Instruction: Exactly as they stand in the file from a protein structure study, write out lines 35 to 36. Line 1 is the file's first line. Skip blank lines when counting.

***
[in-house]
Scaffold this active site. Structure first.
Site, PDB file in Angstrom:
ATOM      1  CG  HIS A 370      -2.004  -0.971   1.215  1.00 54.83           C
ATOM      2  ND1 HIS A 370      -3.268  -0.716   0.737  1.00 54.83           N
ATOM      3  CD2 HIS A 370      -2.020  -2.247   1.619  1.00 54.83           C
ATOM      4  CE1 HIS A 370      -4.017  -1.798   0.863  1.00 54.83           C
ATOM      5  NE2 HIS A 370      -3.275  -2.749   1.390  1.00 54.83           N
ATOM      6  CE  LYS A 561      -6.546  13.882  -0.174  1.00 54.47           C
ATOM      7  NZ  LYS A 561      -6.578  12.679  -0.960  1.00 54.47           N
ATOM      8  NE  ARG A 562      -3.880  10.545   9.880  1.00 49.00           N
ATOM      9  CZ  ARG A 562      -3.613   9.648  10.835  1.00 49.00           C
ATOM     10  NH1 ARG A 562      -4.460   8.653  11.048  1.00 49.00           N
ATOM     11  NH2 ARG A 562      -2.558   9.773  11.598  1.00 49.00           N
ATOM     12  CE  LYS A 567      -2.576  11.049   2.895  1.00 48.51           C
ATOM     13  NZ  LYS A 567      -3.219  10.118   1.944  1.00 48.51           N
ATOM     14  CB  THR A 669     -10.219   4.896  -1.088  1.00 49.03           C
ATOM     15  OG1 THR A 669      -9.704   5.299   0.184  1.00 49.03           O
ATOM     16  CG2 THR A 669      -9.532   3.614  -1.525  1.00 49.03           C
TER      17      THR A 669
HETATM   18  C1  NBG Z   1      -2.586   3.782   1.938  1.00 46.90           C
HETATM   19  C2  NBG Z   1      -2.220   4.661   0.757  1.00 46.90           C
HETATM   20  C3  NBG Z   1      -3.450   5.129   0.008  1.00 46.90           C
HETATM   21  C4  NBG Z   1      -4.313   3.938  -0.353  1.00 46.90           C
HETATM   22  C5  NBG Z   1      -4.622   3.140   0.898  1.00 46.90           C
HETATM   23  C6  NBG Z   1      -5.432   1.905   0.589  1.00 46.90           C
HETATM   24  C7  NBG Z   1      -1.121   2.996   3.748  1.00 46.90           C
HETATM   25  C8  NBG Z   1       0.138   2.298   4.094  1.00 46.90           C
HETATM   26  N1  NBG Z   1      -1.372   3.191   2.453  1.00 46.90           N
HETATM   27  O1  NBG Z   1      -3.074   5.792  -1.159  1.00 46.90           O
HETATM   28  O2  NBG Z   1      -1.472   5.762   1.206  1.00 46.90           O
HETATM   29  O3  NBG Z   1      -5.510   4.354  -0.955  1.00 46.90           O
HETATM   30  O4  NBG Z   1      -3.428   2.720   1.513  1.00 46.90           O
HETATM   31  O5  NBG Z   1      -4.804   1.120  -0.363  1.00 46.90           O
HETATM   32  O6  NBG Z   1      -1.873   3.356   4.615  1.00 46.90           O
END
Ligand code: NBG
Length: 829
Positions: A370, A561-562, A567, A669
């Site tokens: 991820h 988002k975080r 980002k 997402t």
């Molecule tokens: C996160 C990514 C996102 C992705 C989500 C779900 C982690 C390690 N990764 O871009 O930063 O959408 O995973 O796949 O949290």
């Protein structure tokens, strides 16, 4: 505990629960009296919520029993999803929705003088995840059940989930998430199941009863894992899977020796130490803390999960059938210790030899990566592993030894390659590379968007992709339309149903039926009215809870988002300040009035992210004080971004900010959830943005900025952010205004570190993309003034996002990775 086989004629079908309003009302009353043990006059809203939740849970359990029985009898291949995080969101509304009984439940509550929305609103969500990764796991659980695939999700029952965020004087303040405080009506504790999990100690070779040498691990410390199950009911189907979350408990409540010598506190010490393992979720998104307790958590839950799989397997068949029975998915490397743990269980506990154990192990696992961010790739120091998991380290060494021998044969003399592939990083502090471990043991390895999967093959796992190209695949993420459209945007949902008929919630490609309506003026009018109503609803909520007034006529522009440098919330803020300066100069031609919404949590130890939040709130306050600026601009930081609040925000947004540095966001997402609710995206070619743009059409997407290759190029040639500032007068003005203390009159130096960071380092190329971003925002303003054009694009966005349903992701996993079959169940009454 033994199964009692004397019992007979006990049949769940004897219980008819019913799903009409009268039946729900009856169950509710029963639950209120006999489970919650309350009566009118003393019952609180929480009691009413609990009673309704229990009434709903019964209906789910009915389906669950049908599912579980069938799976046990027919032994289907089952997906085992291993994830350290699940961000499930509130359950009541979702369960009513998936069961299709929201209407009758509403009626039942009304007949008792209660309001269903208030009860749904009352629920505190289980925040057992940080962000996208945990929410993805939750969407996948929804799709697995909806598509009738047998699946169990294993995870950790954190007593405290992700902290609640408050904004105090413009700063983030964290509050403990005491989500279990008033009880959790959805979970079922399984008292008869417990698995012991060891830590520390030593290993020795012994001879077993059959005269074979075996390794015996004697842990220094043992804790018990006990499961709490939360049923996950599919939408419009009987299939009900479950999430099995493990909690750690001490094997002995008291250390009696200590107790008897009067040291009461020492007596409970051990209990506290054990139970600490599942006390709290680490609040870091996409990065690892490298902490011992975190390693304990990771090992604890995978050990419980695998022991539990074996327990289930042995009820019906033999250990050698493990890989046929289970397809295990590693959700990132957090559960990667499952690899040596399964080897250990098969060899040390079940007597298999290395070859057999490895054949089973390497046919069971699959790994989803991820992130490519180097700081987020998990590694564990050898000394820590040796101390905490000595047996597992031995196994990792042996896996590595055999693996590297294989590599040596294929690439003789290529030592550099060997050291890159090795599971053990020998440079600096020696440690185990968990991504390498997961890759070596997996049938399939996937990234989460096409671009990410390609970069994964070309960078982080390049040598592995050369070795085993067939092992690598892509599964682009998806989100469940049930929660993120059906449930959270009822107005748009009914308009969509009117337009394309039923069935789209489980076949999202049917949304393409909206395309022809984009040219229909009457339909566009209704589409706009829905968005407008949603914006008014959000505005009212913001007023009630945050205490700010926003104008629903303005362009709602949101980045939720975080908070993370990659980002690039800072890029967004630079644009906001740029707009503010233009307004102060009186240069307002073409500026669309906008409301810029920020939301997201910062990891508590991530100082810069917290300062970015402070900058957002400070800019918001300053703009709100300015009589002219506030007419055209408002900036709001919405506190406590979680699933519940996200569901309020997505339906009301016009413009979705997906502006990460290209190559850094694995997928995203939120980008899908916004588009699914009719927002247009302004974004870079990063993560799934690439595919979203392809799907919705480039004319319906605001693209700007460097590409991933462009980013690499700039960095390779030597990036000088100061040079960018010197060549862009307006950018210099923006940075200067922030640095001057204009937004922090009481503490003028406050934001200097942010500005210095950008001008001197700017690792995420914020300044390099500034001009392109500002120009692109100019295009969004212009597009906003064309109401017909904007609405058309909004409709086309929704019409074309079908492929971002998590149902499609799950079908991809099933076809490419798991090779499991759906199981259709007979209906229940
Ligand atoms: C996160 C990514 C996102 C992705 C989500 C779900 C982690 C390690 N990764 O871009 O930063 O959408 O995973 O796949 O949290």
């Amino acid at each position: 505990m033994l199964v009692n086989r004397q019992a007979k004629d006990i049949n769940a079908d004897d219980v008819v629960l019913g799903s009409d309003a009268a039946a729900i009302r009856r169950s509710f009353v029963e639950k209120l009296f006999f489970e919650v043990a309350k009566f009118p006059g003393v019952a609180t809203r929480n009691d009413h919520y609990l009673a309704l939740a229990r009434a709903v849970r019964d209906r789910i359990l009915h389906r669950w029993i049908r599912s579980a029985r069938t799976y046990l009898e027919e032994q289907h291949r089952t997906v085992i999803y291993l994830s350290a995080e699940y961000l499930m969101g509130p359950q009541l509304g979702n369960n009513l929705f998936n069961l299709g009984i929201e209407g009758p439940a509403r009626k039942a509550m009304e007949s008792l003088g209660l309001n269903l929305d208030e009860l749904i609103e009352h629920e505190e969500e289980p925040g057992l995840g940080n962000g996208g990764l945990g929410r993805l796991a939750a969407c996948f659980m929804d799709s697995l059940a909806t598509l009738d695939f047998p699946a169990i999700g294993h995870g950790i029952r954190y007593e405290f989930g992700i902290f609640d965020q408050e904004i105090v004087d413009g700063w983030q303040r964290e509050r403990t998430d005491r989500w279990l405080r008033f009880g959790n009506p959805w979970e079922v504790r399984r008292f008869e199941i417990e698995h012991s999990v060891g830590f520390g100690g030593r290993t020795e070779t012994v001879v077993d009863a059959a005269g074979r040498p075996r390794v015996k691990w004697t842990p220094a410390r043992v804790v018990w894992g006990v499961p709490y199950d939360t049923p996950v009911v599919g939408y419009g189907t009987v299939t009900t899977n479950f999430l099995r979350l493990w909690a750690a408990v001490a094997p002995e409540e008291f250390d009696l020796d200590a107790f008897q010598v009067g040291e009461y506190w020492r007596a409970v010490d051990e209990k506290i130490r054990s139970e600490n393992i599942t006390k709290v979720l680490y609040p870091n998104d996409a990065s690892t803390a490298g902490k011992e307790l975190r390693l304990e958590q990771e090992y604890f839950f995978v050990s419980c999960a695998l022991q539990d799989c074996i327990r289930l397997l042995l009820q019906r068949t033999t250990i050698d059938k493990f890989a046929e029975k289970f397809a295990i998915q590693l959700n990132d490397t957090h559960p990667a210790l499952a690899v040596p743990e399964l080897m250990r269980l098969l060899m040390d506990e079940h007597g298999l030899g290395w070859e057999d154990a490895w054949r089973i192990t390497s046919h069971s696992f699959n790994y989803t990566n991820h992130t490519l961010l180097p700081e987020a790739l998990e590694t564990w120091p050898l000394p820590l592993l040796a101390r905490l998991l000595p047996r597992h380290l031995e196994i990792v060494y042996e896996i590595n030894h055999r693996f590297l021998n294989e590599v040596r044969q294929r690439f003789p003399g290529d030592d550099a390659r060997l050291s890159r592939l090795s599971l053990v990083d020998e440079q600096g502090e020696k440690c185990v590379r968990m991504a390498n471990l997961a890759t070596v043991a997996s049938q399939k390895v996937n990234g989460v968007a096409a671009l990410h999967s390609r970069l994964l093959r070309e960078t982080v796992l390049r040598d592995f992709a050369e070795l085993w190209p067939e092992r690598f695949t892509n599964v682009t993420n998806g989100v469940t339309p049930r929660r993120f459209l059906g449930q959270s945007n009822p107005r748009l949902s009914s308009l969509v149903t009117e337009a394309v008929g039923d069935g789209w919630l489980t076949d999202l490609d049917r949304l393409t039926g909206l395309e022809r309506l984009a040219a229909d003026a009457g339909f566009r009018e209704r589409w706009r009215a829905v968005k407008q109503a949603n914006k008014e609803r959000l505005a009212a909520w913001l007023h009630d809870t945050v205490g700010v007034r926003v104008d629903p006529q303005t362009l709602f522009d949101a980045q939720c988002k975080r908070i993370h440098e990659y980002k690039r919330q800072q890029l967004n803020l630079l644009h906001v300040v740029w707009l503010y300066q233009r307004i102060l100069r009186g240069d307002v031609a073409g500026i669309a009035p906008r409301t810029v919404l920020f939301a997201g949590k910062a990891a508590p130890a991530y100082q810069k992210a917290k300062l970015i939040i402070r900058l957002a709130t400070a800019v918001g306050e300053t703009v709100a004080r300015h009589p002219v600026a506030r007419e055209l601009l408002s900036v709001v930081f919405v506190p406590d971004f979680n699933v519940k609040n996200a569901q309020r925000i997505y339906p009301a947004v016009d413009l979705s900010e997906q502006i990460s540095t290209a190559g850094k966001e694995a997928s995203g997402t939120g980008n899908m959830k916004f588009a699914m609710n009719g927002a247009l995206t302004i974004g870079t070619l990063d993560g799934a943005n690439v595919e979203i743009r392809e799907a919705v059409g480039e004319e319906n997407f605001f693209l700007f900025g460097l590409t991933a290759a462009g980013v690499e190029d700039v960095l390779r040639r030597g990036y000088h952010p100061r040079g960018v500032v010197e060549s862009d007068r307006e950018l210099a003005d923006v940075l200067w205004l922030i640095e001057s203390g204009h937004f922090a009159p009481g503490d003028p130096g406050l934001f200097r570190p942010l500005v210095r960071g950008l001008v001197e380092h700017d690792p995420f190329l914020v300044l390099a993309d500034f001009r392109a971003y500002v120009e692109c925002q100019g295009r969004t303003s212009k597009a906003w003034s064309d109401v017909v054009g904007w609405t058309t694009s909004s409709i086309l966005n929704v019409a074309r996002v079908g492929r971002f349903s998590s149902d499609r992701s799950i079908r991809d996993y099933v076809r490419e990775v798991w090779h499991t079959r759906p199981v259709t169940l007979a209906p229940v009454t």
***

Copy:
HETATM   32  O6  NBG Z   1      -1.873   3.356   4.615  1.00 46.90           O
END